The Proverbs 31 woman revisited

Jan 31, 2018 by

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The unnamed woman in Prov. 31:10-31 appears to be the woman who has it all and who does it all. She has a supportive husband and grateful children. She is a capable household manager and a commercially successful buyer and seller of goods and property. She is generous, optimistic, wise, kind-hearted and God-fearing. Her many activities and abilities make an impressive litany.

Such a biblical superwoman is indeed rare: “She is far more precious than jewels,” says verse 10. In fact, the poem’s portrait is probably not any one woman, but a composite of many women and their various qualities and abilities. This is the ideal woman, quite likely intended as a man’s guide for choosing a wife.

Yet even as a composite picture, even with its apparently exhaustive and exhausting list of accomplishments, this picture of ideal womanhood is far from complete. It tells us nothing about women’s friendships or intellectual activities. It remains silent about women’s religious responsibilities and political involvements. With these limitations, the poem stands squarely in the patriarchal tradition which interpreted women’s lives primarily in relation to their husbands.

The poem’s point of view is limited further by its strict poetic structure. In the original Hebrew, the poem takes the form of an acrostic: the first line begins with the first letter of the Hebrew alphabet, and each successive line begins with the next letter until the alphabet is complete. Anything not expressed in this form would have been omitted, and so the poem is not as complete or as well organized as it might have been.

In spite of its patriarchal viewpoint and its strict poetic structure, however, the poem offers an example of an industrious, capable, and relatively independent woman. In addition, the poem moves beyond a narrow patriarchal bias to affirm the woman’s own worth and accomplishments. It supports her right to be adequately rewarded for her labor and justly praised for her work:

Give her a share in the fruit of her hands,
and let her works praise her in the city gates. (verse 31)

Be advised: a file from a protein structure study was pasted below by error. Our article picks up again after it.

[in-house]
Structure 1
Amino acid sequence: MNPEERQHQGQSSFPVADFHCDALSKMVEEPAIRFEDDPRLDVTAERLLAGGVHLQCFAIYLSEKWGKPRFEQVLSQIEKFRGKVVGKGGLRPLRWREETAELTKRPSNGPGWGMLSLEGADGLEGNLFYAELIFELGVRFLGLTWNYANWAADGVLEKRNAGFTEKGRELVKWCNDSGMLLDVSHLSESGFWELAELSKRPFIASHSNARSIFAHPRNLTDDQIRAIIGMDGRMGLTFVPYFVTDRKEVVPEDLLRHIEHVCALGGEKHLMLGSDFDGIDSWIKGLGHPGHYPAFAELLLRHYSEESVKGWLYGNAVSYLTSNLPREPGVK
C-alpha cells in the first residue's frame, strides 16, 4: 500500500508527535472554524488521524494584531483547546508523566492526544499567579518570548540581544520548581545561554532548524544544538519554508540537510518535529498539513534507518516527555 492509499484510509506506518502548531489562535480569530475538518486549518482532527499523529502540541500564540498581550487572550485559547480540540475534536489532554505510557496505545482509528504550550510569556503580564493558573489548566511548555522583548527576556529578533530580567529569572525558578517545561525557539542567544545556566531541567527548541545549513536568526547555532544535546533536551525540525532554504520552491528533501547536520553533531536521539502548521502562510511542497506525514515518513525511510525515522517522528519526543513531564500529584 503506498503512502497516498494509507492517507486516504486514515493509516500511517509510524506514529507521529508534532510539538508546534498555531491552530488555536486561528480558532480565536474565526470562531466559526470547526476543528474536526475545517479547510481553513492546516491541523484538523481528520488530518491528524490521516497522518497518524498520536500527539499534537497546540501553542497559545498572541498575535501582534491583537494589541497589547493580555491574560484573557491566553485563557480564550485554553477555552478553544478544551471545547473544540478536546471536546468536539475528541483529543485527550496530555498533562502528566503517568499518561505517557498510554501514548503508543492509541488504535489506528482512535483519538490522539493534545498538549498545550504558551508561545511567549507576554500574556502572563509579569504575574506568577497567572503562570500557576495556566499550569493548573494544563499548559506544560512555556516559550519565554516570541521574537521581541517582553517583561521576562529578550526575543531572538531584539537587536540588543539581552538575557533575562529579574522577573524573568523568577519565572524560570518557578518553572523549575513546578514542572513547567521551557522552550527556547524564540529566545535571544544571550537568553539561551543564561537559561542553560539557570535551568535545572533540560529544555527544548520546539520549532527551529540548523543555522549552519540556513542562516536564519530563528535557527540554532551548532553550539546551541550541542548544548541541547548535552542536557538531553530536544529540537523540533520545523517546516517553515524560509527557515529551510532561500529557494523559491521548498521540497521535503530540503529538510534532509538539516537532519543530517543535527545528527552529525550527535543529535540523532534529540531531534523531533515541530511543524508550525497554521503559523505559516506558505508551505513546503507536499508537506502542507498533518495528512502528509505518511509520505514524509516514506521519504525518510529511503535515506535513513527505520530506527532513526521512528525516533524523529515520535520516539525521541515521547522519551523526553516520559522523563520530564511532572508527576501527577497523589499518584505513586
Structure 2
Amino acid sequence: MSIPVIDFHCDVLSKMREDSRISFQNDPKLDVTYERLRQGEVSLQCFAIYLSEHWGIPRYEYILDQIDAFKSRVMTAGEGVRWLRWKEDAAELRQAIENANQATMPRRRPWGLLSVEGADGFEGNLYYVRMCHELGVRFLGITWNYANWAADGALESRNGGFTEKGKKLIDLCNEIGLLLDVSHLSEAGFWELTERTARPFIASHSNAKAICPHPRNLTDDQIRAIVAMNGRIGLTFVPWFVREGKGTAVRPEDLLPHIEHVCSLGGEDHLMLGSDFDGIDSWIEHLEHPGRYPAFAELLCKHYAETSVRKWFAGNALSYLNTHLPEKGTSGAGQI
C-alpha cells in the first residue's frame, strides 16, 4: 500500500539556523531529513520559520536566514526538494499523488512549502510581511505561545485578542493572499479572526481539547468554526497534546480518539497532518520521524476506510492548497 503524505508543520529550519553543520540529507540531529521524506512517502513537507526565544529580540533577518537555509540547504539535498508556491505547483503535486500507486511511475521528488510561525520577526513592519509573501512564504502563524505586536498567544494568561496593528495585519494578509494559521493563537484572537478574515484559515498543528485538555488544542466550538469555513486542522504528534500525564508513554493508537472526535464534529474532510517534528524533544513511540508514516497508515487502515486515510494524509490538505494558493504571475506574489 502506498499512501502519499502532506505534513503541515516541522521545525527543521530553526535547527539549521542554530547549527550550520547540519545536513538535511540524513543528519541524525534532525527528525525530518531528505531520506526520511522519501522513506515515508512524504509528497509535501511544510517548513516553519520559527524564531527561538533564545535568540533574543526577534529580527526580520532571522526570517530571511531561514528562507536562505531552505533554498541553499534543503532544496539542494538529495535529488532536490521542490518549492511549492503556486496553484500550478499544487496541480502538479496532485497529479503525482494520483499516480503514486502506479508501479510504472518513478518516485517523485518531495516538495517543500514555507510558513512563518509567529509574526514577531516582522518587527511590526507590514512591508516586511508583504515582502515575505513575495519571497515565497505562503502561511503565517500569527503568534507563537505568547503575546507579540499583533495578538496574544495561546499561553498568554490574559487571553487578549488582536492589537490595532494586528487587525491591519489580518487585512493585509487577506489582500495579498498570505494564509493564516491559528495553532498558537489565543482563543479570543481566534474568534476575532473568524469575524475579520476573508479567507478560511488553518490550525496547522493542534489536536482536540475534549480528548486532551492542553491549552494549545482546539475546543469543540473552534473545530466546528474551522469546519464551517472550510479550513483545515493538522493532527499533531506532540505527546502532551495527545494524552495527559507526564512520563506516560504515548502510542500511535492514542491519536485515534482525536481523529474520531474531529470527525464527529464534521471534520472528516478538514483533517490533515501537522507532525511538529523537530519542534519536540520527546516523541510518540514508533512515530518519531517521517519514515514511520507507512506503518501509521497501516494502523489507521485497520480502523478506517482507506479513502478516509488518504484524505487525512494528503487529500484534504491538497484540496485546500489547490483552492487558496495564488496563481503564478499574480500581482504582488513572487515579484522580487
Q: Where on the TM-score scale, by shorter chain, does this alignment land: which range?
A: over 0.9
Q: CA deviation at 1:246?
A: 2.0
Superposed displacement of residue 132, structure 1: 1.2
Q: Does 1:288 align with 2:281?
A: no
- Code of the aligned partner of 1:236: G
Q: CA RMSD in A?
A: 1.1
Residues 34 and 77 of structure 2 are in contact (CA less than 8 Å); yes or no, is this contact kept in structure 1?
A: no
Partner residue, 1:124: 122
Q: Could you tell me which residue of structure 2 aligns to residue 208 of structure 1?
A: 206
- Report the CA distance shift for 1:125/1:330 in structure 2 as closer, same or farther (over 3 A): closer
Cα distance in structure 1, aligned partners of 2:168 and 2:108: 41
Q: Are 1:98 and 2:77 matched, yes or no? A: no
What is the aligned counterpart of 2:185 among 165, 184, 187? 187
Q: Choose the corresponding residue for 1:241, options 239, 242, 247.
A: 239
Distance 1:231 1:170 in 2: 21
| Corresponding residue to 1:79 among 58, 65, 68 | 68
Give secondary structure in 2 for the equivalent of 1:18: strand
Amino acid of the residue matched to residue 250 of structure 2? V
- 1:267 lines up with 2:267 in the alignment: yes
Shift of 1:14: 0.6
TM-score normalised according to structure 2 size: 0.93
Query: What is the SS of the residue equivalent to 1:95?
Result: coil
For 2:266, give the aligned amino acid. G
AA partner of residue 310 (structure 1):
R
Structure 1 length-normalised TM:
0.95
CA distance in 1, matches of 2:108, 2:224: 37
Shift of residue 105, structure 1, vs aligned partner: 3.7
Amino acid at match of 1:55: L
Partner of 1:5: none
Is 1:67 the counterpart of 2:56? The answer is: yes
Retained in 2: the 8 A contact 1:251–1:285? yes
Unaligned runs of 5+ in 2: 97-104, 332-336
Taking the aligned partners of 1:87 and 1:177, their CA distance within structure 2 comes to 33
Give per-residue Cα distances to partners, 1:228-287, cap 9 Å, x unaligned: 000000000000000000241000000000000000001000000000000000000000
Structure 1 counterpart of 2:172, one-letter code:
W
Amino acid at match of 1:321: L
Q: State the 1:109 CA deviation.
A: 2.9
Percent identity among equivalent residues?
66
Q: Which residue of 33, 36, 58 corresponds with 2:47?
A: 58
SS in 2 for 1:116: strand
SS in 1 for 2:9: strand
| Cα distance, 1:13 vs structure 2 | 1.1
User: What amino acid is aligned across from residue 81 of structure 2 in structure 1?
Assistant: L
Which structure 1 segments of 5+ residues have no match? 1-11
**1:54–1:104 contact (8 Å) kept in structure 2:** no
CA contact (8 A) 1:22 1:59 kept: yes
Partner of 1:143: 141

Too often, women have not been given this kind of credit for their contributions. Too often, women have been restricted or silenced or ignored. We tend to hear more about Elisha curing Naaman the leper than about the Hebrew maidservant who brought the two together. We read much more about Job’s suffering than the suffering of his wife. Too many find it easier to call Philip an evangelist than to grant the same title to the Samaritan woman who evangelized an entire town. Yet in the spirit of Proverbs, these women and many others deserve to be recognized and rewarded for their work.

As we recognize the contributions of these biblical women, we also need to recognize their full humanity. The wife of Manoah was not only a wife, not only the mother of their son Samson, but a woman of great faith (Judges 13:1-24). The unnamed wise woman of the besieged town of Abel (2 Sam. 20:16-22) may have been married, but she appears in the biblical narrative as a public and political figure, know in the city gates in her own right.

Like their biblical counterparts, women today still perform valuable work both inside and outside of their homes. They still provide faithful examples of life and witness, still exercise their God-given gifts and abilities. And Proverbs still encourages us to recognize women’s worth and work.

As we do so, we need not limit ourselves to certain letters of the alphabet or to a patriarchal point of view. Instead, we need to claim the whole experience of women, including women’s friendships and women’s participation in intellectual, political, economic, and religious life. Then women may truly receive a fair share of their labor and a rightful place in the city gates.

Excerpted from Remember Lot’s Wife and Other Unnamed Women of the Bible. April Yamasaki is lead pastor of Emmanuel Mennonite Church, Abbotsford, B.C., and the author of Sacred Pauses (Herald Press, 2013). She blogs at aprilyamasaki.com, where this post originally appeared.


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